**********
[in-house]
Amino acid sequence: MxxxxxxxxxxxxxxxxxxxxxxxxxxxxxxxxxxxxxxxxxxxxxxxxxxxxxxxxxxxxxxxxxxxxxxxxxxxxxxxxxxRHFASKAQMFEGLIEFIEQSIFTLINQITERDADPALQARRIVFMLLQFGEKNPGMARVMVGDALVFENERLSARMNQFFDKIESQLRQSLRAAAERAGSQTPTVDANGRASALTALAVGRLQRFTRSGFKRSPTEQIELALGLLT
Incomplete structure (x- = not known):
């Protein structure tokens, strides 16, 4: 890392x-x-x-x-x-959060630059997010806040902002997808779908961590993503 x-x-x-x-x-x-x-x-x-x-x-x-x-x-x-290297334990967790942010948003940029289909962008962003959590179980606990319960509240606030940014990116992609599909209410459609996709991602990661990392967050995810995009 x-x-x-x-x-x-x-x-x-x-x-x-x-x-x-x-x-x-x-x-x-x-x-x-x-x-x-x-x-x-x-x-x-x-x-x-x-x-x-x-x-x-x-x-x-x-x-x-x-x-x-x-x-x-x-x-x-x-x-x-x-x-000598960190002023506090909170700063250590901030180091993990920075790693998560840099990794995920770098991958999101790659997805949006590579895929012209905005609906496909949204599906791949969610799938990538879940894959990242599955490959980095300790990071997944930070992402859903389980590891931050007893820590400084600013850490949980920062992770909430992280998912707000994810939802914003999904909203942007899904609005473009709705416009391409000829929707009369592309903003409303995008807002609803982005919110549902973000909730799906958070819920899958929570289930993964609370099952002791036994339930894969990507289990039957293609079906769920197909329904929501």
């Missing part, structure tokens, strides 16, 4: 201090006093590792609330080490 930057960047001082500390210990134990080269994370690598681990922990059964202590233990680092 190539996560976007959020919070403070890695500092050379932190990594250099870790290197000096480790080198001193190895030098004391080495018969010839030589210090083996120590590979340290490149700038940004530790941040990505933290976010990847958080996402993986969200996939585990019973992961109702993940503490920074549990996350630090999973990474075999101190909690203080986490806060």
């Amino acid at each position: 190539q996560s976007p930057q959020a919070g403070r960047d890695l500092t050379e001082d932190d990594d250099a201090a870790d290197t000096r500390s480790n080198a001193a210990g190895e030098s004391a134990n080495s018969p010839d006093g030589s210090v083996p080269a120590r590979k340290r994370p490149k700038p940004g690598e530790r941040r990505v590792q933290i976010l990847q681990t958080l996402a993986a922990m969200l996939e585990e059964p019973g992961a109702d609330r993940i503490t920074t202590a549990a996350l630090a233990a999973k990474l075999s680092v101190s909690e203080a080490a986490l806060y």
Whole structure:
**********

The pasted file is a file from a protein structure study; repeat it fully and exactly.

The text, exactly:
[in-house]
Amino acid sequence: MxxxxxxxxxxxxxxxxxxxxxxxxxxxxxxxxxxxxxxxxxxxxxxxxxxxxxxxxxxxxxxxxxxxxxxxxxxxxxxxxxxRHFASKAQMFEGLIEFIEQSIFTLINQITERDADPALQARRIVFMLLQFGEKNPGMARVMVGDALVFENERLSARMNQFFDKIESQLRQSLRAAAERAGSQTPTVDANGRASALTALAVGRLQRFTRSGFKRSPTEQIELALGLLT
Incomplete structure (x- = not known):
């Protein structure tokens, strides 16, 4: 890392x-x-x-x-x-959060630059997010806040902002997808779908961590993503 x-x-x-x-x-x-x-x-x-x-x-x-x-x-x-290297334990967790942010948003940029289909962008962003959590179980606990319960509240606030940014990116992609599909209410459609996709991602990661990392967050995810995009 x-x-x-x-x-x-x-x-x-x-x-x-x-x-x-x-x-x-x-x-x-x-x-x-x-x-x-x-x-x-x-x-x-x-x-x-x-x-x-x-x-x-x-x-x-x-x-x-x-x-x-x-x-x-x-x-x-x-x-x-x-x-000598960190002023506090909170700063250590901030180091993990920075790693998560840099990794995920770098991958999101790659997805949006590579895929012209905005609906496909949204599906791949969610799938990538879940894959990242599955490959980095300790990071997944930070992402859903389980590891931050007893820590400084600013850490949980920062992770909430992280998912707000994810939802914003999904909203942007899904609005473009709705416009391409000829929707009369592309903003409303995008807002609803982005919110549902973000909730799906958070819920899958929570289930993964609370099952002791036994339930894969990507289990039957293609079906769920197909329904929501």
């Missing part, structure tokens, strides 16, 4: 201090006093590792609330080490 930057960047001082500390210990134990080269994370690598681990922990059964202590233990680092 190539996560976007959020919070403070890695500092050379932190990594250099870790290197000096480790080198001193190895030098004391080495018969010839030589210090083996120590590979340290490149700038940004530790941040990505933290976010990847958080996402993986969200996939585990019973992961109702993940503490920074549990996350630090999973990474075999101190909690203080986490806060």
């Amino acid at each position: 190539q996560s976007p930057q959020a919070g403070r960047d890695l500092t050379e001082d932190d990594d250099a201090a870790d290197t000096r500390s480790n080198a001193a210990g190895e030098s004391a134990n080495s018969p010839d006093g030589s210090v083996p080269a120590r590979k340290r994370p490149k700038p940004g690598e530790r941040r990505v590792q933290i976010l990847q681990t958080l996402a993986a922990m969200l996939e585990e059964p019973g992961a109702d609330r993940i503490t920074t202590a549990a996350l630090a233990a999973k990474l075999s680092v101190s909690e203080a080490a986490l806060y």
Whole structure: